Weekly export sales for all wheat showed a total of 18.3 million bushels, all for the 2017-2018 marketing year. This was above the 13.7 million needed in the recent report to be on pace with USDA’s July demand projection of 975 million.

Spring wheat crop conditions fell to 33 percent good or excellent from 34 percent last week and 68 percent last year. Winter wheat harvest is now 84 percent complete versus 75 percent last week, and 82 percent last year.

During August, the spring wheat harvest will begin in the upper Plains states of Montana, North and South Dakota and Minnesota.

Once the spring wheat crop is harvested, demand indicators will move to the forefront of pricing. Spring wheat should have a post-harvest rally after harvest progress reaches 30 to 50 percent completed. If wheat in Canadian wheat prairies produces a smaller crop, look for U.S. millers to buy Minneapolis spring wheat futures to cover their milling needs.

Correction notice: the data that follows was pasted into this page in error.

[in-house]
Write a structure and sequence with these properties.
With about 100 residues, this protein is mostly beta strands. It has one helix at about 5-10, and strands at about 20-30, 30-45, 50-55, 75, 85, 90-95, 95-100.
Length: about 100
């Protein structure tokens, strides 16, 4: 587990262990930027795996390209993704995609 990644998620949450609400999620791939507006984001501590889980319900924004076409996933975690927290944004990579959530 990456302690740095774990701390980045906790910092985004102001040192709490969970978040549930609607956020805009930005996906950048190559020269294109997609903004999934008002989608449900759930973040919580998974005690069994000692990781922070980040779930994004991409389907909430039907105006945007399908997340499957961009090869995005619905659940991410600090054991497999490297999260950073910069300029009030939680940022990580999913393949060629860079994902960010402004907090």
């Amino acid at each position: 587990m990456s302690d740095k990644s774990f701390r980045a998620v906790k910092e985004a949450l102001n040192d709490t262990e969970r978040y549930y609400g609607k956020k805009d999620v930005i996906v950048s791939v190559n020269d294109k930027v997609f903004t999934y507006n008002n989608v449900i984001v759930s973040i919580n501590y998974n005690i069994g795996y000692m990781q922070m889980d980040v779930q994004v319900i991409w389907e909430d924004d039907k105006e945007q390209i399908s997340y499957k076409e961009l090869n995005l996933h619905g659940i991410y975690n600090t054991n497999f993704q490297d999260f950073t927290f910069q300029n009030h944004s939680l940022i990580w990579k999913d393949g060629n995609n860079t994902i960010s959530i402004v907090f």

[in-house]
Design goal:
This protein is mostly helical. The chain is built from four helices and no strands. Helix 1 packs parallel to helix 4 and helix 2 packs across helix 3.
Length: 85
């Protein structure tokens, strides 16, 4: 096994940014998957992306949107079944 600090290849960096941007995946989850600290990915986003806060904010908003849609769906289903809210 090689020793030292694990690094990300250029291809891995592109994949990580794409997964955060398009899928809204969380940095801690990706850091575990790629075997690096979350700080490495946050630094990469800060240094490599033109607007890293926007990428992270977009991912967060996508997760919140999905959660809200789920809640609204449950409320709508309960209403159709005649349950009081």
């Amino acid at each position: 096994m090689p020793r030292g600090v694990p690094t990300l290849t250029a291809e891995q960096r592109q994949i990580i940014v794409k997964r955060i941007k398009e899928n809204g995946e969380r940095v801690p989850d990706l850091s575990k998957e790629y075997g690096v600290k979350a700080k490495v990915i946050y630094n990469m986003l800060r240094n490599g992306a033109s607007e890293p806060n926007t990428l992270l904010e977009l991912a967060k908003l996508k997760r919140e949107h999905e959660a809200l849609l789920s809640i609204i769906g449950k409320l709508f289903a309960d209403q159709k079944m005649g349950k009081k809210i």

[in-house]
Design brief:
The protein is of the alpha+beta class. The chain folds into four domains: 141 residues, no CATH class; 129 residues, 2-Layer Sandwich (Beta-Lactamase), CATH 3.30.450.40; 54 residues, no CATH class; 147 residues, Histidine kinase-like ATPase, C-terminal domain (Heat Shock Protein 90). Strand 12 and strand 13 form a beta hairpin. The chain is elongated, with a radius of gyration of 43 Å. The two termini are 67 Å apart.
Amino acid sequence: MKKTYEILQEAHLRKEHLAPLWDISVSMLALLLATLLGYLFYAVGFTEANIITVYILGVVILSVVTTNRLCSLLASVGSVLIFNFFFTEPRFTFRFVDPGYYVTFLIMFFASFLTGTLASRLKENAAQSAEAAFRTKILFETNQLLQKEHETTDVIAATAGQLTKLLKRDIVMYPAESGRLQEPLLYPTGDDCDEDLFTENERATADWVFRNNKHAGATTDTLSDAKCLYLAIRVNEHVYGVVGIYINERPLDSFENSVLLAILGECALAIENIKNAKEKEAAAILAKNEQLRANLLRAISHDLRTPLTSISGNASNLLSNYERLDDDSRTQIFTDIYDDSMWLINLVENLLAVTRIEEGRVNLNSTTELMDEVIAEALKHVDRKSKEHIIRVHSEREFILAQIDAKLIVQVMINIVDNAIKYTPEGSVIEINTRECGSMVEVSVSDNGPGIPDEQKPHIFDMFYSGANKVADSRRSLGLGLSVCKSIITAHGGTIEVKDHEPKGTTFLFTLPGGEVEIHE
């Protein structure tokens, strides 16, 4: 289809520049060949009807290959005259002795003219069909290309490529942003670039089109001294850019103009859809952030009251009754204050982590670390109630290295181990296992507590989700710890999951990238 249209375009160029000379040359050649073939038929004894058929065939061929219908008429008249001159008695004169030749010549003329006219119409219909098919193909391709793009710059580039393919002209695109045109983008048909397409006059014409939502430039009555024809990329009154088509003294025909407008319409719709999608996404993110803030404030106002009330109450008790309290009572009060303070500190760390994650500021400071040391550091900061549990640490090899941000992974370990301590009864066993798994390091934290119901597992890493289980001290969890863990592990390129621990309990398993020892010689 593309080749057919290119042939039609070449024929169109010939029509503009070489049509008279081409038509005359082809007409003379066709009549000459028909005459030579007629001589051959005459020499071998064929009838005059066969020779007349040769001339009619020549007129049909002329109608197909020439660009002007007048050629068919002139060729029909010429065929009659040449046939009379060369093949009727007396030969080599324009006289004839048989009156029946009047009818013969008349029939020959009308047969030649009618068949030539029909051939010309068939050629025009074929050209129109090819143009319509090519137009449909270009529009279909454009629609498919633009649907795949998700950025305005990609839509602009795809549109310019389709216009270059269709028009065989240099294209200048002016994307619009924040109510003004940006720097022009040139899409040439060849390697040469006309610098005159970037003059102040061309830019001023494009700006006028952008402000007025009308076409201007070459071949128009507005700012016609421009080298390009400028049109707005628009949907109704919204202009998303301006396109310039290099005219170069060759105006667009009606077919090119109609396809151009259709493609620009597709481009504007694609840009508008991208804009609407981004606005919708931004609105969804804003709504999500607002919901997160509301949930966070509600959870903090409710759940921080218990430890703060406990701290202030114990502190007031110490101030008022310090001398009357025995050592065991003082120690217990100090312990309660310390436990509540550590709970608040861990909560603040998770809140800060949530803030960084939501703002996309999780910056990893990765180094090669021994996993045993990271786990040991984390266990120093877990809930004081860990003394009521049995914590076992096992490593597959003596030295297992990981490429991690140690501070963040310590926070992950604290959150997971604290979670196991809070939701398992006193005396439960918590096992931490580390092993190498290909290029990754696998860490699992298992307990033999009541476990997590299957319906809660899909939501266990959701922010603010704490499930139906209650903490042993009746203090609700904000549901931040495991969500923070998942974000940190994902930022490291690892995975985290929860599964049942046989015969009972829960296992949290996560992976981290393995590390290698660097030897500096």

Strategy and outlook: Look to sell the carry in winter wheat.


Live cattle closed $5.17 lower, while feeder cattle closed $7.22 lower.

Fed cattle trade in the South was established at $117, $3 lower than last week. Cattle in the North traded at $117 to $118, $2 to $3 lower compared to the week before. Dressed cattle in the North traded at $186 to $188, steady to $2 lower.

The weekly Fed Cattle Exchange online auction was held and was a light test week again with 772 head traded, out of the 2,119 on the list, or around 36 percent sold.

The weighted average price from the total auction sales was $117.67 vs $118.27 from the previous week’s auction.